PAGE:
[ACCEPTED]-gdb breakpoint on pthread_create-breakpoints
(gdb) b __pthread_create_2_1
Or build your own
GDB with this patch applied.
Or 2 try the latest pre-release
GDB here, which should 1 allow you to do
"catch syscall clone"
OK, so in case I didn't really understand 6 you, or my first answer wasn't helpful, do 5 this:
(gdb) info func pthread_create All functions matching regular expression "pthread_create": Non-debugging symbols: 0x080485e0 pthread_create 0x080485e0 pthread_create@plt 0x00786590 __pthread_create_2_1 0x00786590 pthread_create@@GLIBC_2.1 0x00786ee0 __pthread_create_2_0 0x00786ee0 pthread_create@GLIBC_2.0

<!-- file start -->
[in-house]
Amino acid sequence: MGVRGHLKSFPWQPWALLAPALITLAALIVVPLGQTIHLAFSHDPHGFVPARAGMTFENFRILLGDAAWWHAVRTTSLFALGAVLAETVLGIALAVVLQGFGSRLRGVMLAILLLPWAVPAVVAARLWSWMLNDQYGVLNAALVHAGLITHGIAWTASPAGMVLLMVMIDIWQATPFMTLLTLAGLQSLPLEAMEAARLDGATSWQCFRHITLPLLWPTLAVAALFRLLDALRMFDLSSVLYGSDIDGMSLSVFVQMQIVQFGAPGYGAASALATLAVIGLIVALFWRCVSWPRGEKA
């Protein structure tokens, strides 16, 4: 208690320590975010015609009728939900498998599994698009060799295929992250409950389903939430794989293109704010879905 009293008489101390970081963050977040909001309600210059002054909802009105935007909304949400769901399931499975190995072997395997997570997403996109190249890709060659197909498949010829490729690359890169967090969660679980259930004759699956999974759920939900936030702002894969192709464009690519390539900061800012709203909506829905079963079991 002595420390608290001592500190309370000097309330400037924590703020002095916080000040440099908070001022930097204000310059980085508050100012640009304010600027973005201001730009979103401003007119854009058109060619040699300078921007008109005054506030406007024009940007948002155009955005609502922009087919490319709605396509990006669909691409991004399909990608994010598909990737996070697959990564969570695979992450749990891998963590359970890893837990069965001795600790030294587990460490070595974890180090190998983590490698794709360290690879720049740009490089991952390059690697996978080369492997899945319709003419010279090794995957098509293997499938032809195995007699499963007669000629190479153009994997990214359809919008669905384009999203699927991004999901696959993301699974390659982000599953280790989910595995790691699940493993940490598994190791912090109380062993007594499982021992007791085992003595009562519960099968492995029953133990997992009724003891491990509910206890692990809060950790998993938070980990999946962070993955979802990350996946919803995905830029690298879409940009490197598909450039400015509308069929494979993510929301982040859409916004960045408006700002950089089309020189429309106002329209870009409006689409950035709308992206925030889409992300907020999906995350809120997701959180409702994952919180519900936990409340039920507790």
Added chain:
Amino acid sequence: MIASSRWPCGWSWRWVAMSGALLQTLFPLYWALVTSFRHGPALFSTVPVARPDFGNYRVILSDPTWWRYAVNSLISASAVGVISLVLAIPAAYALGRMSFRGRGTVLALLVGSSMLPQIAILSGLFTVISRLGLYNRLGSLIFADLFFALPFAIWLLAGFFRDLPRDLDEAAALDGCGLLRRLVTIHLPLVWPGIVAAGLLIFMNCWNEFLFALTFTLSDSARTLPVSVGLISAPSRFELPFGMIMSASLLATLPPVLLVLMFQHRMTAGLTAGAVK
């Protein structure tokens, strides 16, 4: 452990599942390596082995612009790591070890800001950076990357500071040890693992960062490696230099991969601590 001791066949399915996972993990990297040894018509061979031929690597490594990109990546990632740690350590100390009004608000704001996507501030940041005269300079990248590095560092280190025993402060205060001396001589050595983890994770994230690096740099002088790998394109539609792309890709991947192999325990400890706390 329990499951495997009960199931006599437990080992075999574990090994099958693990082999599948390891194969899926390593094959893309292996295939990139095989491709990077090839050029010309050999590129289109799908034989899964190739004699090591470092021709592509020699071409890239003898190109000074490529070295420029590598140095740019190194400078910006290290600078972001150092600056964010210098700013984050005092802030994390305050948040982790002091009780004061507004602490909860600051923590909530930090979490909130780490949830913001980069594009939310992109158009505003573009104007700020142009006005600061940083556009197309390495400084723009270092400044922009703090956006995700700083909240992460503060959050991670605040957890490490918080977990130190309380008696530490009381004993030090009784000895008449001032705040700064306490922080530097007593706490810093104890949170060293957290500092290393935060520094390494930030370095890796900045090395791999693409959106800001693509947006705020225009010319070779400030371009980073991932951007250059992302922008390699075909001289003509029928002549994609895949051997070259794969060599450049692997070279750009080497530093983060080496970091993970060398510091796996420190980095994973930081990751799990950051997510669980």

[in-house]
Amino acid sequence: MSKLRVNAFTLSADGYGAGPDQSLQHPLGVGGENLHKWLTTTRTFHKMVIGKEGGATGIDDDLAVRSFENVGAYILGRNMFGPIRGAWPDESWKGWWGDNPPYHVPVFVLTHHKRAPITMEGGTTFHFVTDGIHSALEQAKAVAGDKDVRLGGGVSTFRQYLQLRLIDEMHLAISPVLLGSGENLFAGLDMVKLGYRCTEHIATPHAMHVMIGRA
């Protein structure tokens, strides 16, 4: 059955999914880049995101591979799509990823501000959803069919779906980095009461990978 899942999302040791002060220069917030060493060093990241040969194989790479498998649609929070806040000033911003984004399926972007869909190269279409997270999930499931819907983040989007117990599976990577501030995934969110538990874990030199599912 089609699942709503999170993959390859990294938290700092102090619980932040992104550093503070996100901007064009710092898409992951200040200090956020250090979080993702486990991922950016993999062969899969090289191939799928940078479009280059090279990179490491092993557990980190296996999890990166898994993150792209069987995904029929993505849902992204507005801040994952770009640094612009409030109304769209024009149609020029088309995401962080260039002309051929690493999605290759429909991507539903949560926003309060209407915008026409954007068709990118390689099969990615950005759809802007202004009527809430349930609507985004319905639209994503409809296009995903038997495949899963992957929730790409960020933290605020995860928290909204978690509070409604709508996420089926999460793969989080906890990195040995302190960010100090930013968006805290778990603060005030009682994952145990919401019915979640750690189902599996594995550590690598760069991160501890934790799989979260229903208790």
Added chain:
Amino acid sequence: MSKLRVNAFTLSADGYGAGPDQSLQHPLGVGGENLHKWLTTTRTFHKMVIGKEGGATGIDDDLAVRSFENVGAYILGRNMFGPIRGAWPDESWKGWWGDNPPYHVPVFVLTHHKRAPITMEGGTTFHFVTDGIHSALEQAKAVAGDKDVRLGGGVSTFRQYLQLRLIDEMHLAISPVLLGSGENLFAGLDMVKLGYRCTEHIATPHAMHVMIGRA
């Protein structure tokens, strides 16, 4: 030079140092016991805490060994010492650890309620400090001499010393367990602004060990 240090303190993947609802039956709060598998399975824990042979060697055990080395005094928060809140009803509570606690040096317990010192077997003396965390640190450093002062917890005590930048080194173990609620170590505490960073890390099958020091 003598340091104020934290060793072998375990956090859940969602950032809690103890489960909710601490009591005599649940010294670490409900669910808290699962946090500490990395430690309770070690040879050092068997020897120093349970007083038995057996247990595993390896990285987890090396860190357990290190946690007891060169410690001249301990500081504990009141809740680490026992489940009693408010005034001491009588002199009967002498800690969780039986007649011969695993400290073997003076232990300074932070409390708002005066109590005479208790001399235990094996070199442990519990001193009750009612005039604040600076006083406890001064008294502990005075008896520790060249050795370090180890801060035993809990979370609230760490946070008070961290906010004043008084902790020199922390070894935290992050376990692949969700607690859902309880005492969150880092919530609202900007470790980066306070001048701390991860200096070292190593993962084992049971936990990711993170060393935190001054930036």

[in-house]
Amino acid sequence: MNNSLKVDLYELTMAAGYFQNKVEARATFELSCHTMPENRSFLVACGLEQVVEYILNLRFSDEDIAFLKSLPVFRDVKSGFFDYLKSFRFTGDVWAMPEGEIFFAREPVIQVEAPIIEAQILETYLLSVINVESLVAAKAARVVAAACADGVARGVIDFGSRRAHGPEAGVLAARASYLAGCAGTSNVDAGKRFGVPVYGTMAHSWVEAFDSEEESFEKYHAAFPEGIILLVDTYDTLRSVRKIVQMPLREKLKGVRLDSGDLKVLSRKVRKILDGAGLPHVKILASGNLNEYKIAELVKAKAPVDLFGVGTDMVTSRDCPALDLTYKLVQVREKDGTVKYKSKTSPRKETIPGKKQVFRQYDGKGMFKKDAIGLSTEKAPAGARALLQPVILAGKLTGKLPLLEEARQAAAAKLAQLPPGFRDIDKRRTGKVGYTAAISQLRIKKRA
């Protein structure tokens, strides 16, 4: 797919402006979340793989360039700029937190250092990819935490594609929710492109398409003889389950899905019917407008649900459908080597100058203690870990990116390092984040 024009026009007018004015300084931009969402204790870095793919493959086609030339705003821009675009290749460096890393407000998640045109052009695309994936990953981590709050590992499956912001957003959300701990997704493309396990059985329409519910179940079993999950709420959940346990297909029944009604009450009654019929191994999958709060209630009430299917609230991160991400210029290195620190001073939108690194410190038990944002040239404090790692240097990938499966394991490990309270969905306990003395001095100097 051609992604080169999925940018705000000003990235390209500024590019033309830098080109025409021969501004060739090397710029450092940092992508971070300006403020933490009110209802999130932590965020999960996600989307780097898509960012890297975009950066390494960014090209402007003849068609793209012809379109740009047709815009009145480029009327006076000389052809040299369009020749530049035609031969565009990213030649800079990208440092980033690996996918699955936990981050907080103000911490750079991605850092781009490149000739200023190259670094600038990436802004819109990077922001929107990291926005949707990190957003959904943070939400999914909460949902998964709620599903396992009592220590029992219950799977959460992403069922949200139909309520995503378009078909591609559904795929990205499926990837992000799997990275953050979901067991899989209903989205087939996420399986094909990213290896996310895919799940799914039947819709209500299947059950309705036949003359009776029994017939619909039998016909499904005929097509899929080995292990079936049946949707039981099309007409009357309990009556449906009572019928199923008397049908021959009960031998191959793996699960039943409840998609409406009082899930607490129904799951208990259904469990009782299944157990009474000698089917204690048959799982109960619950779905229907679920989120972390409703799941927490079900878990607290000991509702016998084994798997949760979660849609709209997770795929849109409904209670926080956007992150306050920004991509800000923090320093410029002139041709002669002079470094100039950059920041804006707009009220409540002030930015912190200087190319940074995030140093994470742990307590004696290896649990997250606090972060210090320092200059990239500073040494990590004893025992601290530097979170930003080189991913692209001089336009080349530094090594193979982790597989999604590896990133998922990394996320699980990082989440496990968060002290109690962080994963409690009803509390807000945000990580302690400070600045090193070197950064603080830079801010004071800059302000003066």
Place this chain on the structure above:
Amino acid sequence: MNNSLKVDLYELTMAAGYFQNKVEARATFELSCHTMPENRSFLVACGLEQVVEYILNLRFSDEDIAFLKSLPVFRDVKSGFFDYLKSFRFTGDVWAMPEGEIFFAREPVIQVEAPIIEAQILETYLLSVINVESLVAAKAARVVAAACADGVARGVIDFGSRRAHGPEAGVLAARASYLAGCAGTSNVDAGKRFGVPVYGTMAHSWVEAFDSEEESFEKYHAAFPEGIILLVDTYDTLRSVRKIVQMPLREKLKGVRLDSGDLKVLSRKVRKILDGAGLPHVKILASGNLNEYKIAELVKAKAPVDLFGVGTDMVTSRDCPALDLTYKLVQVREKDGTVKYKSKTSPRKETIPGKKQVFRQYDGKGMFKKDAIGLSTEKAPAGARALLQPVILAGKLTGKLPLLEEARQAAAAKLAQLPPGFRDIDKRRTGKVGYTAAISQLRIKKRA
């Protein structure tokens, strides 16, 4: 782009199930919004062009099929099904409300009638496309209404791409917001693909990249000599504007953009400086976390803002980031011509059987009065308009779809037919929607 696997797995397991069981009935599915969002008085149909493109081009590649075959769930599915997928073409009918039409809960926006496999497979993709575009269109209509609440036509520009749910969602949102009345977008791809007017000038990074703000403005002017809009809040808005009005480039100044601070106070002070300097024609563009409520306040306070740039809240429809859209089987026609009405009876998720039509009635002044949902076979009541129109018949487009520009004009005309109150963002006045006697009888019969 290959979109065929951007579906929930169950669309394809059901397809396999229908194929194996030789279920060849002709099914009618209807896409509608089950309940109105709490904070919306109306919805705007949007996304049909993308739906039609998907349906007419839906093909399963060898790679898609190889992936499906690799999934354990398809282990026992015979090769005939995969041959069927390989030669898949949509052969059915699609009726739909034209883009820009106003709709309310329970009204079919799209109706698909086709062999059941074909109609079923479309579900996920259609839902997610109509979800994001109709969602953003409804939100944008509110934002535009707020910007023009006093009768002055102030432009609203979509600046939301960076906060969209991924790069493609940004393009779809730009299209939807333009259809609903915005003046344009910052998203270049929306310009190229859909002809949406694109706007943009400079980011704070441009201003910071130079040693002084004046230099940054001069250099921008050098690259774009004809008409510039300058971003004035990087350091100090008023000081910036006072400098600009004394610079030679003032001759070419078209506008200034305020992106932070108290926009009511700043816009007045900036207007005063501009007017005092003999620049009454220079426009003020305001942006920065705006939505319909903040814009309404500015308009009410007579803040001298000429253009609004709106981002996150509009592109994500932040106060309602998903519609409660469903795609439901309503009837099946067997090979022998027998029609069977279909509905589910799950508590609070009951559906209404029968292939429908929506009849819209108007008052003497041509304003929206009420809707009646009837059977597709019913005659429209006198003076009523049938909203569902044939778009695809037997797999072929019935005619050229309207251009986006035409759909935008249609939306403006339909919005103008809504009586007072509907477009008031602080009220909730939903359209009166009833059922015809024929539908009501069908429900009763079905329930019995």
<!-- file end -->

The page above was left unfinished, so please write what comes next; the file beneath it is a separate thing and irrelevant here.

Now pick the symbol that you think 4 is the right one, and set a breakpoint there. Don't 3 pick the ones that have "@" in them, but 2 one of the ones that has digits and underscores, such 1 as 1__pthread_create_2_1.
OK, I'm going to post two answers, because 15 I'm not sure if I understand your question.
First: pthread_create 14 is in a shared library, and gdb knows how 13 to handle that. If you just say "break pthread_create", it 12 should "just work".
You shouldn't need to 11 know this, but the way it should work is 10 that gdb will find a symbol "pthread_create@plt", which 9 is a stub that leads into the dynamic loader, and 8 will eventually be replaced by a jump to 7 the appropriate shared library function. We 6 will set a breakpoint there, and gdb will 5 automatically deal with the dynamic loader 4 until eventually reaching (and stopping 3 at) the correct shared library function.
Now 2 in case that doesn't solve it for you, on 1 to my second answer...
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